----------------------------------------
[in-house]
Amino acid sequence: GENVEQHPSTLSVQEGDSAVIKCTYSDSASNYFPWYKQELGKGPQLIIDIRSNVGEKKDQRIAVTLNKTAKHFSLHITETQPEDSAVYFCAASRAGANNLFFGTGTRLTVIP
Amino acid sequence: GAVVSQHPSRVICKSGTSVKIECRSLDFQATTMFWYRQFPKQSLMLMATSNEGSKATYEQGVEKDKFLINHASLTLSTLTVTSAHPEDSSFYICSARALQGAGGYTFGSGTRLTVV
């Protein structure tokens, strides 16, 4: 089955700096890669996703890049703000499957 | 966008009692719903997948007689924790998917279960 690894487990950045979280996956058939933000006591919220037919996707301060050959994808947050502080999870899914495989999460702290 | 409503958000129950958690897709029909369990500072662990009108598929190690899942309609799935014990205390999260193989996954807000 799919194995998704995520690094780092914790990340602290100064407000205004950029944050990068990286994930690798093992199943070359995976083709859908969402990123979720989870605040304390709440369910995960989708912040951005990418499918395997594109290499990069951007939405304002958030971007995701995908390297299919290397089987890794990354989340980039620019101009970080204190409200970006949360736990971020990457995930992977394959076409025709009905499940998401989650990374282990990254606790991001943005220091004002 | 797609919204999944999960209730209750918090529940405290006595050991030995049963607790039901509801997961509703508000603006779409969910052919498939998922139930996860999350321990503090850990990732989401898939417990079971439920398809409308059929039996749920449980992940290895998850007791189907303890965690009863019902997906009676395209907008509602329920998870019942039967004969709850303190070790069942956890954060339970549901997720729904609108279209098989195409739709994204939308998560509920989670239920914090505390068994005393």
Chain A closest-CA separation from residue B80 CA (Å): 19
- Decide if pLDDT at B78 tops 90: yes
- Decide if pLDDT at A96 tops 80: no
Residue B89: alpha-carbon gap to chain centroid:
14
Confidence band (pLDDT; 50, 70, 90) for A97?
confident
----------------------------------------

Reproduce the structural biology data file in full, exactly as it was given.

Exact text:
[in-house]
Amino acid sequence: GENVEQHPSTLSVQEGDSAVIKCTYSDSASNYFPWYKQELGKGPQLIIDIRSNVGEKKDQRIAVTLNKTAKHFSLHITETQPEDSAVYFCAASRAGANNLFFGTGTRLTVIP
Amino acid sequence: GAVVSQHPSRVICKSGTSVKIECRSLDFQATTMFWYRQFPKQSLMLMATSNEGSKATYEQGVEKDKFLINHASLTLSTLTVTSAHPEDSSFYICSARALQGAGGYTFGSGTRLTVV
């Protein structure tokens, strides 16, 4: 089955700096890669996703890049703000499957 | 966008009692719903997948007689924790998917279960 690894487990950045979280996956058939933000006591919220037919996707301060050959994808947050502080999870899914495989999460702290 | 409503958000129950958690897709029909369990500072662990009108598929190690899942309609799935014990205390999260193989996954807000 799919194995998704995520690094780092914790990340602290100064407000205004950029944050990068990286994930690798093992199943070359995976083709859908969402990123979720989870605040304390709440369910995960989708912040951005990418499918395997594109290499990069951007939405304002958030971007995701995908390297299919290397089987890794990354989340980039620019101009970080204190409200970006949360736990971020990457995930992977394959076409025709009905499940998401989650990374282990990254606790991001943005220091004002 | 797609919204999944999960209730209750918090529940405290006595050991030995049963607790039901509801997961509703508000603006779409969910052919498939998922139930996860999350321990503090850990990732989401898939417990079971439920398809409308059929039996749920449980992940290895998850007791189907303890965690009863019902997906009676395209907008509602329920998870019942039967004969709850303190070790069942956890954060339970549901997720729904609108279209098989195409739709994204939308998560509920989670239920914090505390068994005393």
Chain A closest-CA separation from residue B80 CA (Å): 19
- Decide if pLDDT at B78 tops 90: yes
- Decide if pLDDT at A96 tops 80: no
Residue B89: alpha-carbon gap to chain centroid:
14
Confidence band (pLDDT; 50, 70, 90) for A97?
confident